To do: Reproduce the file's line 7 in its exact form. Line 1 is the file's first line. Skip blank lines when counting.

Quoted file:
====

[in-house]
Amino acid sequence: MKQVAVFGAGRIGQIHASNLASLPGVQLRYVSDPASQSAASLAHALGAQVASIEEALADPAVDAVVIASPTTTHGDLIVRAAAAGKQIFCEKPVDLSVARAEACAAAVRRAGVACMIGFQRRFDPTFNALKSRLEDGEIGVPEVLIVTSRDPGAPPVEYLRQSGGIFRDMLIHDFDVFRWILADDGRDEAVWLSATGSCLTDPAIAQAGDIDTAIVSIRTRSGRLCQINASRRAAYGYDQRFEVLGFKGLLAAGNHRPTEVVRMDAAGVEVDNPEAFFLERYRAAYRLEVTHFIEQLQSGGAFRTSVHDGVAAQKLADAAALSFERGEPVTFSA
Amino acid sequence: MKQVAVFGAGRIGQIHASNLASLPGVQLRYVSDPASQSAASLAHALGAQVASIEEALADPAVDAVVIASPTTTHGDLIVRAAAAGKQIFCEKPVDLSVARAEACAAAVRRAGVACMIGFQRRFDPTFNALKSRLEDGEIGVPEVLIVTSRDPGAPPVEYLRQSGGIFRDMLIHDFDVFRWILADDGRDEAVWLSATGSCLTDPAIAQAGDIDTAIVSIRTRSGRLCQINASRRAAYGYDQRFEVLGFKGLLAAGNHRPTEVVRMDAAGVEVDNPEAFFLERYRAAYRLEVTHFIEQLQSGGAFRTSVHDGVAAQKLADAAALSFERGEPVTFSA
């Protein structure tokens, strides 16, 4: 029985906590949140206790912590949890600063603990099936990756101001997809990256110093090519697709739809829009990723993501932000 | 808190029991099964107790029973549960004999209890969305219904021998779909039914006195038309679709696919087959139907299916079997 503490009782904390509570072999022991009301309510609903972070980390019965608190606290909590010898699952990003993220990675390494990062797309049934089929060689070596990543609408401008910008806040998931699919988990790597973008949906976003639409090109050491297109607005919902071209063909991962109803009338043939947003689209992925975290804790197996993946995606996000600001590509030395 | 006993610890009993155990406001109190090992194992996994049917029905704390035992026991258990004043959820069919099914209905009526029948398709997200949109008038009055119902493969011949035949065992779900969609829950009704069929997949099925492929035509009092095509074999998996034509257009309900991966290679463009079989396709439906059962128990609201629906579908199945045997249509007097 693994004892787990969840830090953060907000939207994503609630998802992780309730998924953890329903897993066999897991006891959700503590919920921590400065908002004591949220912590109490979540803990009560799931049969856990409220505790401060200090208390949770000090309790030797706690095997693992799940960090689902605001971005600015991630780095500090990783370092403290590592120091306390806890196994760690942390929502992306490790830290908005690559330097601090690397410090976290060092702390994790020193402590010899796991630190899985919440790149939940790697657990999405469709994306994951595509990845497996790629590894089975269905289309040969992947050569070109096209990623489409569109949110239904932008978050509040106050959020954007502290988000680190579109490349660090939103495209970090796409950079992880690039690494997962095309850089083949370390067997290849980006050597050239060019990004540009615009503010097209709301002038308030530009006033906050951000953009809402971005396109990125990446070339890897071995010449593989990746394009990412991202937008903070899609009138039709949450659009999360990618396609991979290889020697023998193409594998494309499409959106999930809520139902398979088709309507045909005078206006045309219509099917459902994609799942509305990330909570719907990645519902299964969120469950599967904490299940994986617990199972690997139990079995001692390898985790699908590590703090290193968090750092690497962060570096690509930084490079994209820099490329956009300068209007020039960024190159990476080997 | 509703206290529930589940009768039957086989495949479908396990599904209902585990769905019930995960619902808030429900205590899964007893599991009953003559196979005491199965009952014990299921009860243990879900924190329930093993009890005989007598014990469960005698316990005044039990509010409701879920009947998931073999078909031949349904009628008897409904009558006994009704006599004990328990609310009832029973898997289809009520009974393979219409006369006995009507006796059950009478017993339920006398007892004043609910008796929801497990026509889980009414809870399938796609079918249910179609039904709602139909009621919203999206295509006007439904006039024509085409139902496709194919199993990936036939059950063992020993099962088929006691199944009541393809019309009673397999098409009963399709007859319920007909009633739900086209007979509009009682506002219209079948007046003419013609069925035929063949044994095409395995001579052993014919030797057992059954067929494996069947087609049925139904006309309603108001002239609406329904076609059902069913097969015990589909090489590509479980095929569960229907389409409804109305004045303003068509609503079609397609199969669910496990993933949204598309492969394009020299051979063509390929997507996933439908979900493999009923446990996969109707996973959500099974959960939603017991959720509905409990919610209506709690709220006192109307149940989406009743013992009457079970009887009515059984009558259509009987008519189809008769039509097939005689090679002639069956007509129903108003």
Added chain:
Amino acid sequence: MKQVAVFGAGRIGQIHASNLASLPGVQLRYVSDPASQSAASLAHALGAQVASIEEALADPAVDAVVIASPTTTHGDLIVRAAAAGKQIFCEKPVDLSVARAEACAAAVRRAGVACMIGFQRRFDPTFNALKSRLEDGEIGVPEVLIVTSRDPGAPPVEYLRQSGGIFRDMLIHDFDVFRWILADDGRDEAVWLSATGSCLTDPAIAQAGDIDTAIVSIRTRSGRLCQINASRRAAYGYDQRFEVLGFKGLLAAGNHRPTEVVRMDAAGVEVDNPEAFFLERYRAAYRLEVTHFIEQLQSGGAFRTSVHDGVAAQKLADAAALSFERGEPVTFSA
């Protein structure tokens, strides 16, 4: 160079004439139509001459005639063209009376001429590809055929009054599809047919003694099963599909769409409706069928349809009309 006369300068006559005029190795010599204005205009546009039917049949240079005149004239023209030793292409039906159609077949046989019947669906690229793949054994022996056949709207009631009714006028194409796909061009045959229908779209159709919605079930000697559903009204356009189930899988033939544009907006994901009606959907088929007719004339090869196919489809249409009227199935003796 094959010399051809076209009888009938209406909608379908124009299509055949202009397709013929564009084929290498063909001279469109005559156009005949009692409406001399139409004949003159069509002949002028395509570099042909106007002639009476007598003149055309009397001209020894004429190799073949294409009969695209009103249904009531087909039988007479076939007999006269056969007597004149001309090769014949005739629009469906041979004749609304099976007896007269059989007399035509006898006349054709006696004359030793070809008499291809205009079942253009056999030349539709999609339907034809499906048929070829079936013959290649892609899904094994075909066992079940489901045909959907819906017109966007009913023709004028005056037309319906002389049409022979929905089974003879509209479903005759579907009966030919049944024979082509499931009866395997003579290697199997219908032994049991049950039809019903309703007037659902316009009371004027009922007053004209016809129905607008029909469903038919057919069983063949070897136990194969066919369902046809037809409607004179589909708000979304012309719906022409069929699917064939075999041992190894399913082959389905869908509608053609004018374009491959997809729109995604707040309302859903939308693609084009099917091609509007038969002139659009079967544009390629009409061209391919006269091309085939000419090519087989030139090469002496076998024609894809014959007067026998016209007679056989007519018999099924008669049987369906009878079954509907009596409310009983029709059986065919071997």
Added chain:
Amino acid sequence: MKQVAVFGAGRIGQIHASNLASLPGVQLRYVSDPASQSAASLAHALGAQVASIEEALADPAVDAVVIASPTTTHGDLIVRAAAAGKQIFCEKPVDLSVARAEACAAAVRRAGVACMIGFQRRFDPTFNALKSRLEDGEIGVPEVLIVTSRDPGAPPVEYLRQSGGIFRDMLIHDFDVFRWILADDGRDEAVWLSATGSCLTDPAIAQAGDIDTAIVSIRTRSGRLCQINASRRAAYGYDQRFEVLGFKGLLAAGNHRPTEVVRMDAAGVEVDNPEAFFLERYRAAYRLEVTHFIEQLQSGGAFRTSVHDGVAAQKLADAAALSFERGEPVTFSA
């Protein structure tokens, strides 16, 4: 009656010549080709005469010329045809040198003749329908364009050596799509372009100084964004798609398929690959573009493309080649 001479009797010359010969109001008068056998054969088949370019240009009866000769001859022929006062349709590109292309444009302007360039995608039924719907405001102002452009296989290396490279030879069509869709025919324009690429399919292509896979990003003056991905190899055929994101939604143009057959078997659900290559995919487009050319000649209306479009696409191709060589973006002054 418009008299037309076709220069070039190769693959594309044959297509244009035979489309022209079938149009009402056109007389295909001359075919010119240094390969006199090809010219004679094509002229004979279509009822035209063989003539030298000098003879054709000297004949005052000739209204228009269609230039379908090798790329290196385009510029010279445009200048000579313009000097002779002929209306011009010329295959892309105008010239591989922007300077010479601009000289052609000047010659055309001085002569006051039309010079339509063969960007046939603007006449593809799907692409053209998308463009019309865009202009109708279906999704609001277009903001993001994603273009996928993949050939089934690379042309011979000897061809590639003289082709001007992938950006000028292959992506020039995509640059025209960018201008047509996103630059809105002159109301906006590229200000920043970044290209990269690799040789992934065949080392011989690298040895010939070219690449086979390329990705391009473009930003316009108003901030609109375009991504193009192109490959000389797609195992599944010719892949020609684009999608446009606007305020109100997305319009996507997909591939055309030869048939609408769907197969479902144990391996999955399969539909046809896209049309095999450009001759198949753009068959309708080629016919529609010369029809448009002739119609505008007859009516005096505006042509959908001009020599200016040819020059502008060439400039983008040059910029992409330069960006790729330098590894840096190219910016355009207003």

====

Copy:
């Protein structure tokens, strides 16, 4: 160079004439139509001459005639063209009376001429590809055929009054599809047919003694099963599909769409409706069928349809009309 006369300068006559005029190795010599204005205009546009039917049949240079005149004239023209030793292409039906159609077949046989019947669906690229793949054994022996056949709207009631009714006028194409796909061009045959229908779209159709919605079930000697559903009204356009189930899988033939544009907006994901009606959907088929007719004339090869196919489809249409009227199935003796 094959010399051809076209009888009938209406909608379908124009299509055949202009397709013929564009084929290498063909001279469109005559156009005949009692409406001399139409004949003159069509002949002028395509570099042909106007002639009476007598003149055309009397001209020894004429190799073949294409009969695209009103249904009531087909039988007479076939007999006269056969007597004149001309090769014949005739629009469906041979004749609304099976007896007269059989007399035509006898006349054709006696004359030793070809008499291809205009079942253009056999030349539709999609339907034809499906048929070829079936013959290649892609899904094994075909066992079940489901045909959907819906017109966007009913023709004028005056037309319906002389049409022979929905089974003879509209479903005759579907009966030919049944024979082509499931009866395997003579290697199997219908032994049991049950039809019903309703007037659902316009009371004027009922007053004209016809129905607008029909469903038919057919069983063949070897136990194969066919369902046809037809409607004179589909708000979304012309719906022409069929699917064939075999041992190894399913082959389905869908509608053609004018374009491959997809729109995604707040309302859903939308693609084009099917091609509007038969002139659009079967544009390629009409061209391919006269091309085939000419090519087989030139090469002496076998024609894809014959007067026998016209007679056989007519018999099924008669049987369906009878079954509907009596409310009983029709059986065919071997």